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Missing - an award-winning dark comedy FEATURED ON SCRIBD.COM

Missing - an award-winning dark comedy FEATURED ON SCRIBD.COM

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Publicado porDale Andersen
Synopsis: Take two marginal characters, a blown-up 7-Eleven, and a man who stores his dead uncle in a walk-in freezer. Mix in some threatening phone calls and a missing hand. Stir well.

Featured on Scribd.com
Synopsis: Take two marginal characters, a blown-up 7-Eleven, and a man who stores his dead uncle in a walk-in freezer. Mix in some threatening phone calls and a missing hand. Stir well.

Featured on Scribd.com

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Published by: Dale Andersen on Jul 02, 2010
Copyright:Traditional Copyright: All rights reserved

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Missing, a short play

1

MISSING
A short play
By

Dale Andersen 27702 Crown Valley Pkwy Suite 117, D-4 Ladera Ranch, CA 92694 562-508-5820 http://www.scribd.com/daleandersen/ email address andersen.dale@gmail.com ©2008 Cast of Characters Louise………Female, early thirties, scruffy Martin………………Male, late thirties, scruffy

Missing, a short play (Morning. Downtown Fargo. Cold & crisp. We’re on a street corner outside a blown-up 7-Eleven. Yellow “Police Line – Keep Out” tape. Inside the police tape, LOUISE in grubby clothes and a stocking cap. She’s picking up bits of debris, examining each bit, then depositing it in a garbage bag. A pouch hangs from her belt. She hums. MARTIN enters, stops at the tape, sees her and looks surprised. She senses someone’s watching. She stops, straightens up, turns) LOUISE: Well well. Marty Dean. MARTIN: Thank God you’re alive.

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Louise, you’re alive! ‘Course I’m alive.

LOUISE: Why wouldn’t I be?

MARTIN: Terrible thing. Terrible. You should consider yourself very, very lucky. LOUISE: Yup. That’s me. Lucky Louise. Lucky Louise, despite I never won a MegaBucks jackpot. Never even won a piddly little Daily Scratcher. MARTIN: I meant you’re lucky to be. LOUISE: I know what you meant, Marty. MARTIN: Eyewitness News said it was a first. First 7-Eleven explosion ever in Fargo. First 7-Eleven explosion anywhere in North Dakota for that matter. LOUISE: I’ll give you something else that’s a first. time for me without a job. First

Missing, a short play MARTIN: Abdul’s not giving you your job back? LOUISE: It only blew up two days ago. I just don’t see the store back up and standing tall anytime soon. MARTIN: But he did promise you your job back. LOUISE: Hasn’t been discussed, Marty. MARTIN: That is very wrong. He shouldda notified you pronto. You’re a key person. You know where all the stuff is. LOUISE: Which is really useful. What with all the stuff scattered all over the sidewalk. MARTIN: Speaking of that. I saw on Eyewitness News where Abdul said he was looking for volunteers to help clean up. LOUISE: So? MARTIN: So here I am. Volunteering. You know what the commercial says. Like a good neighbor. LOUISE: Well, neighbor, as usual, you’re a day late and a dollar short. Abdul’s cleanup was yesterday. Yesterday? MARTIN: So how come you still got a mess?

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LOUISE: We still got a mess ‘cause not many so-called neighbors showed up.

Missing, a short play MARTIN: How could that be? Abdul’s got thousands of customers. LOUISE: Hundreds, not thousands. Don’t exaggerate. Okay. I’m telling you this ‘cause you’re a regular. Don’t want you repeating it. (He crosses his heart. it’s a big secret) She leans in, like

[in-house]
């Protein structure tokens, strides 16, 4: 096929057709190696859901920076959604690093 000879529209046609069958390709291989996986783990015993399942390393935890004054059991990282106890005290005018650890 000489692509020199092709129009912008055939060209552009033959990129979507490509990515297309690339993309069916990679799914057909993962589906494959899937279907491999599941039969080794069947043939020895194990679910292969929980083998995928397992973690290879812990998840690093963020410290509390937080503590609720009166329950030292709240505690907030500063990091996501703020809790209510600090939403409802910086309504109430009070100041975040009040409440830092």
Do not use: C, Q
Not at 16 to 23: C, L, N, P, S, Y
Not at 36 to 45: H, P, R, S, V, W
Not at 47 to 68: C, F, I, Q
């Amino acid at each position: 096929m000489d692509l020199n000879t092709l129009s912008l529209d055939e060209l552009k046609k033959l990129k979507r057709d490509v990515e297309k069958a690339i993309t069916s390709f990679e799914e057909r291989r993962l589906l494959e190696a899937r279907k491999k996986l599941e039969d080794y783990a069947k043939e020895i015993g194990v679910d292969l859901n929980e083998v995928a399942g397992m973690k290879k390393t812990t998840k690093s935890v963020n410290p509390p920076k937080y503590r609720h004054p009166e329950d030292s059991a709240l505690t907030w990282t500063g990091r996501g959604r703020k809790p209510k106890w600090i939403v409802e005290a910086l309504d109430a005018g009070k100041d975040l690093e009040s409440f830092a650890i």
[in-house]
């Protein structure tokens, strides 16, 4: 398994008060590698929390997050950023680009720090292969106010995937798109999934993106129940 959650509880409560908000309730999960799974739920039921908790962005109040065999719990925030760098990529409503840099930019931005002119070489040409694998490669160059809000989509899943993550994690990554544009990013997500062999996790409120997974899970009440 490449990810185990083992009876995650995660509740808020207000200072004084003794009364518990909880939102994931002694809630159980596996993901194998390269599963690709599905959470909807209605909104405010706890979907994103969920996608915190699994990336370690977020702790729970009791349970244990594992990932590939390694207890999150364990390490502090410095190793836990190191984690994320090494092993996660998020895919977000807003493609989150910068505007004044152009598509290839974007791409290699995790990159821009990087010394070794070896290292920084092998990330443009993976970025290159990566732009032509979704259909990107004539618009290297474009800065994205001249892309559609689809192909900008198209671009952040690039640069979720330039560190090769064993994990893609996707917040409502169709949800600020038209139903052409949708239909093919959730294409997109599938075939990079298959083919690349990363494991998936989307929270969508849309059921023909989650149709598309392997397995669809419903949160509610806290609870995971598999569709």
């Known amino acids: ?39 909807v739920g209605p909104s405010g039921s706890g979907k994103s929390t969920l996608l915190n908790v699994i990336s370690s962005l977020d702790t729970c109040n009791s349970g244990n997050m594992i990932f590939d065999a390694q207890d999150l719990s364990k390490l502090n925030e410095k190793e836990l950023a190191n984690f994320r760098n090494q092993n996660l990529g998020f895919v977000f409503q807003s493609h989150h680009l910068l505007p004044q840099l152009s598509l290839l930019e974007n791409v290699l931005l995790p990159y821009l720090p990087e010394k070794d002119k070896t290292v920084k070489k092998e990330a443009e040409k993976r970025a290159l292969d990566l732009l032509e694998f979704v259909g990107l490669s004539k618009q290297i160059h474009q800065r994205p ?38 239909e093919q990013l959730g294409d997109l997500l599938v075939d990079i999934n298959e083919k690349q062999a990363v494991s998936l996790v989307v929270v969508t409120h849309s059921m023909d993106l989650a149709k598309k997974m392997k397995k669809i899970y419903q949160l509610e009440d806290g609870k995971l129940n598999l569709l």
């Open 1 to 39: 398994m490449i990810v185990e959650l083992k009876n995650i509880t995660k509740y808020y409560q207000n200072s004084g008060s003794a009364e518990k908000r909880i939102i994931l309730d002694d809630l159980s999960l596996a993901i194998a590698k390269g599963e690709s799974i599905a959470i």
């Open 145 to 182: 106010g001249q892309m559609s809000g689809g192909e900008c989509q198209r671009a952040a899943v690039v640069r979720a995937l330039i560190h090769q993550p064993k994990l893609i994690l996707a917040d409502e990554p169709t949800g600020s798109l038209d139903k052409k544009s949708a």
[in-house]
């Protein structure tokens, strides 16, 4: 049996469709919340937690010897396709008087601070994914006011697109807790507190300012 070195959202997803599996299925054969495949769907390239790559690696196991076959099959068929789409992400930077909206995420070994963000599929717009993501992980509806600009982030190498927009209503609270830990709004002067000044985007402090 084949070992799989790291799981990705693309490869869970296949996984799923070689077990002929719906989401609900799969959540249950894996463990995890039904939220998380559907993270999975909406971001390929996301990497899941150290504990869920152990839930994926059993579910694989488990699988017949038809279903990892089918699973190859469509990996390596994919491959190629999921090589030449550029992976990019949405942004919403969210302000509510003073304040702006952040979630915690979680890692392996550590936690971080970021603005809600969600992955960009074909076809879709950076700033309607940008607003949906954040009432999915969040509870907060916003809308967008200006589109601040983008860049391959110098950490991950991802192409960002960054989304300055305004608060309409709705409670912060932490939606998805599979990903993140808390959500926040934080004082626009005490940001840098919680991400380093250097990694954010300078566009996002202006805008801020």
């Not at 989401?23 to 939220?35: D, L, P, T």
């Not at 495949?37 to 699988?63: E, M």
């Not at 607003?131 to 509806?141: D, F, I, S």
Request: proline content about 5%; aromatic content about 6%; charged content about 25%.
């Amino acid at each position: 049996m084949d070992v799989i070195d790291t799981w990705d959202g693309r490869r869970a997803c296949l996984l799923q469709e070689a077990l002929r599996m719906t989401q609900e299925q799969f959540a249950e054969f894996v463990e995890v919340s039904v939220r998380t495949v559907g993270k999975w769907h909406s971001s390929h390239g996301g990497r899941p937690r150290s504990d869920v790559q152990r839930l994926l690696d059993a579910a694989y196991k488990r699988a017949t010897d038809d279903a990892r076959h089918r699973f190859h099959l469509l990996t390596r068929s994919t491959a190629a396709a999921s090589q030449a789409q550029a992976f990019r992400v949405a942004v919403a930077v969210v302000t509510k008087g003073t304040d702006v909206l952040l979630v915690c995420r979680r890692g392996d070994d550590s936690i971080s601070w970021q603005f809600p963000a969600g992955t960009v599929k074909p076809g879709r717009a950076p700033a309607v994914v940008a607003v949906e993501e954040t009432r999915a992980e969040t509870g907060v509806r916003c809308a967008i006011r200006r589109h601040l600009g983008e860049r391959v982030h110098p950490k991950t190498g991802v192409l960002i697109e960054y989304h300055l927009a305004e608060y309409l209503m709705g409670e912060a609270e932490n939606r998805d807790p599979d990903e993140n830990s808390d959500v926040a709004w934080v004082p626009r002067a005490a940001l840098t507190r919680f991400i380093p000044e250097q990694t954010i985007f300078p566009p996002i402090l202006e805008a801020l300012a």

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LOUISE: Seems some people don’t like Abdul ‘cause of his name. Some people connect Abdul to the World Trade Center. One lady said, “How do we know he wasn’t making bombs back there? Maybe the explosion was a bomb.” MARTIN: Now that’s ridiculous! He wasn’t making bombs. Was he? LOUISE: ‘Course not. But some people just assumed. Makes you wonder what you gotta do to be an American around here when you got people assuming stuff. MARTIN: Never heard him talk crazy. Where is he anyway? LOUISE: Missing. MARTIN: You mean like dead? LOUISE: No. Missing. He came here just after, looked around, told the newspaper and TV guys he needed help. Then he skedaddled. Personally, I think he’s lying low. MARTIN: That’s desertion. Leaving the scene of. Or something.

Missing, a short play LOUISE: Don’t be so quick to throw stones. If your RV blew up and set some cars on fire and knocked down a power line, wouldn’t you make yourself scarce for a while? MARTIN: Yeah. Guess I would. LOUISE: Trust cops to be cops. Abdul’s doing the right thing. You can always come in later, say you had a concussion and wandered in the woods till your memory came back. MARTIN: Well, anyway, glad nothing bad happened to you. (She makes like getting ready to go back to work picking up debris. He doesn’t move) LOUISE: Look, I gotta do some stuff now. MARTIN: Not stopping you. LOUISE: I don’t like if you’re just gonna stare. MARTIN: You don’t like me staring? So what about all those 2 am’s? You saying I shouldda stayed away? LOUISE: Now don’t get upset. MARTIN: Don’t get upset. I was there for you cause I thought you were lonely. Running a 7-Eleven in the wee hours is lonely work. Thought you’d appreciate the company. (She starts picking up debris)

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Missing, a short play Fact is, with the Customer missing. LOUISE: you were doing it for hot dogs. You wake up 1 am munchies. Show up at my counter at 2. walks in, I turn my back, another hot dog’s With you, it’s all about hot dogs.

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MARTIN: You got me wrong. You think everyone works an angle. LOUISE: Don’t know anyone else’s angle, but I sure know yours. MARTIN: More to life than hot dogs, Louise. I been a lot of places, seen a lot of stuff. One thing I know. Karma’s gonna get you. Bad thoughts about other people will rebound unto yourself. That’s straight outta Buddha. Don’t curse me, Marty. LOUISE: Don’t like being cursed.